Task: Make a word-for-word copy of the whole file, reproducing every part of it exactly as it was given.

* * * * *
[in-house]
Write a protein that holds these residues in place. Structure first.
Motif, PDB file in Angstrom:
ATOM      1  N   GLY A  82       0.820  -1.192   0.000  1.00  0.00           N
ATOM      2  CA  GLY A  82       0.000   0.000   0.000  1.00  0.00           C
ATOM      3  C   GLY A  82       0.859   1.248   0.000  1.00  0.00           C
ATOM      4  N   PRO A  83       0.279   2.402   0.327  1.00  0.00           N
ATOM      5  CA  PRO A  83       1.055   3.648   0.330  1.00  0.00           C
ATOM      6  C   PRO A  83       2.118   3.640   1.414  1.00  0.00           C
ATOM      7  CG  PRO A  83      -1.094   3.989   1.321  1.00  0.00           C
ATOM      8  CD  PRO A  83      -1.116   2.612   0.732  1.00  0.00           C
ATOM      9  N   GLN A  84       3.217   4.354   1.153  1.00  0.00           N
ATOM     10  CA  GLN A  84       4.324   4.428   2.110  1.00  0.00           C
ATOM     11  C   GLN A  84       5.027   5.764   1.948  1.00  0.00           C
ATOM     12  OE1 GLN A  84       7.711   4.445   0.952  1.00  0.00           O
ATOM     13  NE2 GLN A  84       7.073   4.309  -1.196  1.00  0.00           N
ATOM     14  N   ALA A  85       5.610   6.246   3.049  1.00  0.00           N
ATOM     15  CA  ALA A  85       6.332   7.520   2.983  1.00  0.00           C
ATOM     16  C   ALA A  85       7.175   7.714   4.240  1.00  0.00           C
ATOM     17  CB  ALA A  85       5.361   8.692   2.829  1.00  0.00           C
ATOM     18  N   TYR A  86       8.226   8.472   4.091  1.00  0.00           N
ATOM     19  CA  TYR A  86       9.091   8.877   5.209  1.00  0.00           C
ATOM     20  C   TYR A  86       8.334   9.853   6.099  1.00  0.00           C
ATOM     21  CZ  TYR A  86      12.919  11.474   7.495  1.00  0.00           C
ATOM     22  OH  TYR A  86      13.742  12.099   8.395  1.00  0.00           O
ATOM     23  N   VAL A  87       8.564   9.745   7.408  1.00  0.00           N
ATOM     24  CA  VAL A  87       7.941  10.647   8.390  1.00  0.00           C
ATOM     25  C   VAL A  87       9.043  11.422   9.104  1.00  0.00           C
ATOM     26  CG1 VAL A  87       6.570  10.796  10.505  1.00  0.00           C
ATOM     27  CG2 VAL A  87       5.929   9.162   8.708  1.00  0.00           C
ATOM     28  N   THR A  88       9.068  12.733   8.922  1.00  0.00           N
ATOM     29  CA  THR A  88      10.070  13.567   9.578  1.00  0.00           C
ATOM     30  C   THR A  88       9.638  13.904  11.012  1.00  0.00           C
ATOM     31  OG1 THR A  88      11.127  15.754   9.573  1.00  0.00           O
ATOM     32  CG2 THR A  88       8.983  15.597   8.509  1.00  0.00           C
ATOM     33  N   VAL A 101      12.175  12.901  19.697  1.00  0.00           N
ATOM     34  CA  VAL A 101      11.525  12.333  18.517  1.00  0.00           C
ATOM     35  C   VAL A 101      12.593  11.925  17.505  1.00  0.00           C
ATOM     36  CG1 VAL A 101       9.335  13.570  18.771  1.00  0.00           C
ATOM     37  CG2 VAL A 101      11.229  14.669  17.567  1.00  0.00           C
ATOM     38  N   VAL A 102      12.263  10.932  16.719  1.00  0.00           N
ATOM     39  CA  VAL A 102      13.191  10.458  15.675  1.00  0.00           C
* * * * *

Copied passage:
[in-house]
Write a protein that holds these residues in place. Structure first.
Motif, PDB file in Angstrom:
ATOM      1  N   GLY A  82       0.820  -1.192   0.000  1.00  0.00           N
ATOM      2  CA  GLY A  82       0.000   0.000   0.000  1.00  0.00           C
ATOM      3  C   GLY A  82       0.859   1.248   0.000  1.00  0.00           C
ATOM      4  N   PRO A  83       0.279   2.402   0.327  1.00  0.00           N
ATOM      5  CA  PRO A  83       1.055   3.648   0.330  1.00  0.00           C
ATOM      6  C   PRO A  83       2.118   3.640   1.414  1.00  0.00           C
ATOM      7  CG  PRO A  83      -1.094   3.989   1.321  1.00  0.00           C
ATOM      8  CD  PRO A  83      -1.116   2.612   0.732  1.00  0.00           C
ATOM      9  N   GLN A  84       3.217   4.354   1.153  1.00  0.00           N
ATOM     10  CA  GLN A  84       4.324   4.428   2.110  1.00  0.00           C
ATOM     11  C   GLN A  84       5.027   5.764   1.948  1.00  0.00           C
ATOM     12  OE1 GLN A  84       7.711   4.445   0.952  1.00  0.00           O
ATOM     13  NE2 GLN A  84       7.073   4.309  -1.196  1.00  0.00           N
ATOM     14  N   ALA A  85       5.610   6.246   3.049  1.00  0.00           N
ATOM     15  CA  ALA A  85       6.332   7.520   2.983  1.00  0.00           C
ATOM     16  C   ALA A  85       7.175   7.714   4.240  1.00  0.00           C
ATOM     17  CB  ALA A  85       5.361   8.692   2.829  1.00  0.00           C
ATOM     18  N   TYR A  86       8.226   8.472   4.091  1.00  0.00           N
ATOM     19  CA  TYR A  86       9.091   8.877   5.209  1.00  0.00           C
ATOM     20  C   TYR A  86       8.334   9.853   6.099  1.00  0.00           C
ATOM     21  CZ  TYR A  86      12.919  11.474   7.495  1.00  0.00           C
ATOM     22  OH  TYR A  86      13.742  12.099   8.395  1.00  0.00           O
ATOM     23  N   VAL A  87       8.564   9.745   7.408  1.00  0.00           N
ATOM     24  CA  VAL A  87       7.941  10.647   8.390  1.00  0.00           C
ATOM     25  C   VAL A  87       9.043  11.422   9.104  1.00  0.00           C
ATOM     26  CG1 VAL A  87       6.570  10.796  10.505  1.00  0.00           C
ATOM     27  CG2 VAL A  87       5.929   9.162   8.708  1.00  0.00           C
ATOM     28  N   THR A  88       9.068  12.733   8.922  1.00  0.00           N
ATOM     29  CA  THR A  88      10.070  13.567   9.578  1.00  0.00           C
ATOM     30  C   THR A  88       9.638  13.904  11.012  1.00  0.00           C
ATOM     31  OG1 THR A  88      11.127  15.754   9.573  1.00  0.00           O
ATOM     32  CG2 THR A  88       8.983  15.597   8.509  1.00  0.00           C
ATOM     33  N   VAL A 101      12.175  12.901  19.697  1.00  0.00           N
ATOM     34  CA  VAL A 101      11.525  12.333  18.517  1.00  0.00           C
ATOM     35  C   VAL A 101      12.593  11.925  17.505  1.00  0.00           C
ATOM     36  CG1 VAL A 101       9.335  13.570  18.771  1.00  0.00           C
ATOM     37  CG2 VAL A 101      11.229  14.669  17.567  1.00  0.00           C
ATOM     38  N   VAL A 102      12.263  10.932  16.719  1.00  0.00           N
ATOM     39  CA  VAL A 102      13.191  10.458  15.675  1.00  0.00           C